About 3000 years ago, there were large societies in countries that are now called, for example, China, India, Greece, Italy or Mexico. There, it was mainly laws and courts that contributed to adultism. Adolescents could be expelled from the family if they did not “behave”. Babies could be killed without their parents being punished. Fortunately, that is different today.

Especially in Europe, children have not been treated well over the last thousand years. In the name of religions, children were allowed to be beaten with a stick. This is because children should behave exactly as it is written in the “holy books”. One such book is the Bible, for example. Beating was called “chastisement”, although it is actually “violence”. Parents also decided who their children should marry and what profession they should learn.

Europeans began to conquer the continents of Africa, America and Asia with ships about 500 years ago. They believed they could simply rule over the people who had been living there for a long time. They made them work for them and tortured them. They brought things to Europe that did not actually belong to them. This is called “colonisation”, it lasted until after the Second World War and continues to have an effect today. The people there were treated particularly badly. Many millions of people in the colonised countries died as a result of the brutal exploitation or were murdered in wars.

The Europeans claimed that the people living there were like children. They believed that they could therefore rule over these people. They called their home countries “mother countries”. Yet many of these societies originally had a better way of dealing with children than those in Europe. For example, children were almost never punished and they were allowed to do much more. So, Europeans could have learned something from them.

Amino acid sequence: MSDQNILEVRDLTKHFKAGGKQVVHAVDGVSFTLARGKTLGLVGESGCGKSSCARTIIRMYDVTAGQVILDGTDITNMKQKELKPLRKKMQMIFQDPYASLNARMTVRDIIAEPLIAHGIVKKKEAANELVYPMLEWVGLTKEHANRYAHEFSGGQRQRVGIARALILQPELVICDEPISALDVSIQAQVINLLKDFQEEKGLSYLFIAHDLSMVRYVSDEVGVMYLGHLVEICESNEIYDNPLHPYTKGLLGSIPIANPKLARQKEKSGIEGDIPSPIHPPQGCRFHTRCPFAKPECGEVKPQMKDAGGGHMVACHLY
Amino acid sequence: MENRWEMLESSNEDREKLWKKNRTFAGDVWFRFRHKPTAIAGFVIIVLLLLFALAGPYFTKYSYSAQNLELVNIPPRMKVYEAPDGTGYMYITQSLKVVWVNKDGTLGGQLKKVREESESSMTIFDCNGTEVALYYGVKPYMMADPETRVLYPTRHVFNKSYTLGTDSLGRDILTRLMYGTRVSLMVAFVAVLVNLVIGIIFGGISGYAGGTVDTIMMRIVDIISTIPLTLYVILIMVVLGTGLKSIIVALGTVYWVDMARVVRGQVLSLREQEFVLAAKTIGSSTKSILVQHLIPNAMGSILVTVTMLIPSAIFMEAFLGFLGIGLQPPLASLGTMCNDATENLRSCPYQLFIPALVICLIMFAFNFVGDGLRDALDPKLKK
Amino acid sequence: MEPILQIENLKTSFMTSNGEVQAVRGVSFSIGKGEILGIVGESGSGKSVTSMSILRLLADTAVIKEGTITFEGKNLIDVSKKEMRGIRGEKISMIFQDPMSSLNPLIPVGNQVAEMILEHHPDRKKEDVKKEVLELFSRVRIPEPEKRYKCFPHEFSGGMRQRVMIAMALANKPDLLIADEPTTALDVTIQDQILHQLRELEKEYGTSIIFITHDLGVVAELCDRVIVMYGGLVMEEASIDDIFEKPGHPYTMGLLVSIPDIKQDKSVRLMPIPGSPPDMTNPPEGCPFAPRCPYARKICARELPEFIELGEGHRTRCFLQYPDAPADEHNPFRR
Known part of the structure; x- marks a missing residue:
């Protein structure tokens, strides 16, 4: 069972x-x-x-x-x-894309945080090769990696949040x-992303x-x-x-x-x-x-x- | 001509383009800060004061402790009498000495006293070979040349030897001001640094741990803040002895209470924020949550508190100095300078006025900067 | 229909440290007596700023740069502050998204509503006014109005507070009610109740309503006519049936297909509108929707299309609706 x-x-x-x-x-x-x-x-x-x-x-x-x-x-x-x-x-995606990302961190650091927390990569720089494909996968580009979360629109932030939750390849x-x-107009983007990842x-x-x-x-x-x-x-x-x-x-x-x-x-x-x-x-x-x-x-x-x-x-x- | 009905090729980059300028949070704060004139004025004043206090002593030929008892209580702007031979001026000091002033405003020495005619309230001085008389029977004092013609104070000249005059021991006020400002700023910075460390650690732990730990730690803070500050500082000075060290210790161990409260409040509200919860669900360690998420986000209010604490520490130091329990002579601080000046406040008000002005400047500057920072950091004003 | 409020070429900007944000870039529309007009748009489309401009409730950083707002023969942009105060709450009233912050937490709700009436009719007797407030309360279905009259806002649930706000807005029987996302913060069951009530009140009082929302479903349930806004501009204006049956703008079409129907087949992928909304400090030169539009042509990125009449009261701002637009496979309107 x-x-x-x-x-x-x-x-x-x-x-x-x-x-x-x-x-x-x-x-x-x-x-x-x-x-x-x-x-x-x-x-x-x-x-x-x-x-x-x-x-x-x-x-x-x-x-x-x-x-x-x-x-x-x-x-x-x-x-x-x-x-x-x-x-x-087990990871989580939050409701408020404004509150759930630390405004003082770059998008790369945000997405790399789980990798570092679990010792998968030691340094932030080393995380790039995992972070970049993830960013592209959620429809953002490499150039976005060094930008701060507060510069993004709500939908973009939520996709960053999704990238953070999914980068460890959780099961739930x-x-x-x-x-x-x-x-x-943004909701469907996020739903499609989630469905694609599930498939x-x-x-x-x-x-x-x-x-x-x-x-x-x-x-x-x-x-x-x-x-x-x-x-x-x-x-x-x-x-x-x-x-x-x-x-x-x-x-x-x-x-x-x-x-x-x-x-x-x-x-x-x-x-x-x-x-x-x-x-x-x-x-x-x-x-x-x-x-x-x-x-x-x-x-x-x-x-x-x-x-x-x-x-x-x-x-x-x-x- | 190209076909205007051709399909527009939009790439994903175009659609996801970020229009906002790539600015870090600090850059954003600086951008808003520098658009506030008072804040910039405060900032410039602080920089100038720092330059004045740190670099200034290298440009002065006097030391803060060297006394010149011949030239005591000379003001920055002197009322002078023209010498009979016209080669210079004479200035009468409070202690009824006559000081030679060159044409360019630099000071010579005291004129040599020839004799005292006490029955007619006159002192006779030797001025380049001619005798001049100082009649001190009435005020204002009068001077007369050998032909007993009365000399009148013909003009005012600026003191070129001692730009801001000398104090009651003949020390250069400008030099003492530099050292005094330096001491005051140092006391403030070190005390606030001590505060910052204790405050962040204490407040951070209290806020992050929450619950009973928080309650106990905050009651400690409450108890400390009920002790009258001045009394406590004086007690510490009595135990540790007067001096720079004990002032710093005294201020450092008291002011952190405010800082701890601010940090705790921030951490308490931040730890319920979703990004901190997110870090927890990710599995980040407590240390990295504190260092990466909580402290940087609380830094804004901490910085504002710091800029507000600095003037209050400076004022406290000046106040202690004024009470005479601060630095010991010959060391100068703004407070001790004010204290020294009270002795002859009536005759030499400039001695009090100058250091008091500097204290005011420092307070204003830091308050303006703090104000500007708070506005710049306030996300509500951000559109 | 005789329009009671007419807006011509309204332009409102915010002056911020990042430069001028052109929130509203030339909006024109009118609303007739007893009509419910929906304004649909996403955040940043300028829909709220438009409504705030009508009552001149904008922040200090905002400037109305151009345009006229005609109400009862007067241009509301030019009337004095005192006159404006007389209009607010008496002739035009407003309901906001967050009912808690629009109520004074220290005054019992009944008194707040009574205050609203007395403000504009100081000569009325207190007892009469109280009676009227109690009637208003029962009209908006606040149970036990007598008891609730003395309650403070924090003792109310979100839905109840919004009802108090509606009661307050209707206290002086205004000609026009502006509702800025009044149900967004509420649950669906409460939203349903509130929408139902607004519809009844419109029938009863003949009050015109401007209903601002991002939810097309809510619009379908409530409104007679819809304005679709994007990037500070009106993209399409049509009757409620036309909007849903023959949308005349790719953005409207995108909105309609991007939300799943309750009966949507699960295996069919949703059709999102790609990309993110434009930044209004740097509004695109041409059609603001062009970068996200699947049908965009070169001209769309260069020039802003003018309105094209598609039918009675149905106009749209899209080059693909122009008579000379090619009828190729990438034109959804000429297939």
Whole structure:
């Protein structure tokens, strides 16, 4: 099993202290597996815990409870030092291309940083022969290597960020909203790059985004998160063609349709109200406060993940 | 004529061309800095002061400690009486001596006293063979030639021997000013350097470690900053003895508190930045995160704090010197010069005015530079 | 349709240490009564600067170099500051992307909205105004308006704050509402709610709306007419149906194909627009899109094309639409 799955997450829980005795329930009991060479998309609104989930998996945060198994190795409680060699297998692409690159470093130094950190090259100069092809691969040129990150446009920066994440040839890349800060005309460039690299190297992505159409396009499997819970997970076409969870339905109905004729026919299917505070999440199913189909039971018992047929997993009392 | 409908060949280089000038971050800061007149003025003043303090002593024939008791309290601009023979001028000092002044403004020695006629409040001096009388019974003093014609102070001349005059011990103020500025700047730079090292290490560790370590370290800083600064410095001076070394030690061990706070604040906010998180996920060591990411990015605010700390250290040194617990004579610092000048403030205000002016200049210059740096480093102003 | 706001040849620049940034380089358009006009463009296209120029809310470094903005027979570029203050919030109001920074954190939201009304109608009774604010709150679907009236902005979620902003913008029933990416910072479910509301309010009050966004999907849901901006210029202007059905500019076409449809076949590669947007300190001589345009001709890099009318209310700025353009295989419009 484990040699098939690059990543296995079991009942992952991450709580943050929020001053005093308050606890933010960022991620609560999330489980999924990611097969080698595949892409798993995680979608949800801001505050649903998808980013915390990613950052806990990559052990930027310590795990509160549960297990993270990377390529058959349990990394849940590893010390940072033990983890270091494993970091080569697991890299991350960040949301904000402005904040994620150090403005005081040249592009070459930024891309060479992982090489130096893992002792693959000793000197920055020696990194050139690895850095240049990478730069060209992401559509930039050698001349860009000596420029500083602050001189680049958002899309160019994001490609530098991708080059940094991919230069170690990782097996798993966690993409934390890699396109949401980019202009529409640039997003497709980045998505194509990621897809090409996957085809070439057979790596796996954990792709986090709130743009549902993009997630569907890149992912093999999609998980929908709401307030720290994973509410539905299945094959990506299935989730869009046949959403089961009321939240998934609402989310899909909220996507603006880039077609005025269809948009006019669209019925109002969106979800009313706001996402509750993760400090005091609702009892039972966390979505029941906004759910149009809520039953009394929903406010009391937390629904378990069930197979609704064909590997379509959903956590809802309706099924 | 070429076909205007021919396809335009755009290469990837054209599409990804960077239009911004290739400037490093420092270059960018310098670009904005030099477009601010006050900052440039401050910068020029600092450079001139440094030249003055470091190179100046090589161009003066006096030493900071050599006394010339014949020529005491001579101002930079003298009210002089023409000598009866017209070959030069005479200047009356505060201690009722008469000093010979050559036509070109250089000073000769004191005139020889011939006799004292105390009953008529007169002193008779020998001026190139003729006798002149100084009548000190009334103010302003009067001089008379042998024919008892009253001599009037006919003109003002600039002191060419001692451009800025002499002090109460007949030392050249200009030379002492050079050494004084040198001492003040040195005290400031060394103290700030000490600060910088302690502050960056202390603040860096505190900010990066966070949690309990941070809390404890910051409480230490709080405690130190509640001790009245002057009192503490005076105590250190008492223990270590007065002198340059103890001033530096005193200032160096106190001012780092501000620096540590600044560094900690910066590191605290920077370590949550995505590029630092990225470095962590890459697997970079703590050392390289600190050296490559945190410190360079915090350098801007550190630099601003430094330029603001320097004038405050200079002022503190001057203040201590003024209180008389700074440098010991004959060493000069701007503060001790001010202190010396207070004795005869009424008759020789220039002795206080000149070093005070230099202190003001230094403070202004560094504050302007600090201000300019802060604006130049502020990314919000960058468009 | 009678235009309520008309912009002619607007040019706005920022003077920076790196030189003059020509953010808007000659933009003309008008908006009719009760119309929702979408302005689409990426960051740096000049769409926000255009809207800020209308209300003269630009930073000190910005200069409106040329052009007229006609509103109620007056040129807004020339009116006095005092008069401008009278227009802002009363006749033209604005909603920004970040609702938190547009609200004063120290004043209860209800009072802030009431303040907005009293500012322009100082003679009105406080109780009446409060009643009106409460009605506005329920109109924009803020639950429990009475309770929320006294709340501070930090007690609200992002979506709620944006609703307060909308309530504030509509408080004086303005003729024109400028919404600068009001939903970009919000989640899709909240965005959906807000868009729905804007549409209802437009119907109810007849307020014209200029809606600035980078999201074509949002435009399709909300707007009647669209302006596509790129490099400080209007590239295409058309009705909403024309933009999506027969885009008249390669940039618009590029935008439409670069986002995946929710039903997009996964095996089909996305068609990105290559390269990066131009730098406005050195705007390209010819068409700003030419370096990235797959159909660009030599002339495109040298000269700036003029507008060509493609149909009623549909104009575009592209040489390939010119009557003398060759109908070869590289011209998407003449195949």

Caption: You wild animal! You should be tamed…
© Natascha Welz

About 300 years ago, however, the nature of adultism in Europe began to change. At that time, many ways of looking at things changed. For example, that the sun does not revolve around the earth, but the other way around. This period is called the “Enlightenment”. Some adults behaved less harshly towards children. Children occasionally had more room to play. Adults invented “education” at that time. They wanted children to learn more and develop healthier. Nevertheless, education always went according to the adults’ ideas. It was a bit like trying to tame a wild animal. Children were still not free and were not allowed to have a say. Their wishes were not taken seriously. So they had no choice but to conform. Customised institutions were even created for “education”, with specially trained adults. Namely kindergartens and schools. But also homes and prisons.

Adultism today

Adultism today manifests itself in many different situations. We have already described some of them at the beginning.

(without text)
© Natascha Welz

In the family, children are completely dependent on their parents. Parents usually dictate when and where children have to do something. For example: get up, go to sleep, eat, play, learn or have free time. Some parents are mean or even violent to children without anyone outside the family noticing. This can also happen to children living in a home or with foster parents. It happens especially often to children from poor families or to “disabled” children. In most countries there are laws to prevent this. One example from Germany is the right to non-violent upbringing. However, most children are not very familiar with laws, nor are the laws explained to them. They usually do not know that they have rights or who to turn to. It is very difficult for them to redeem their rights.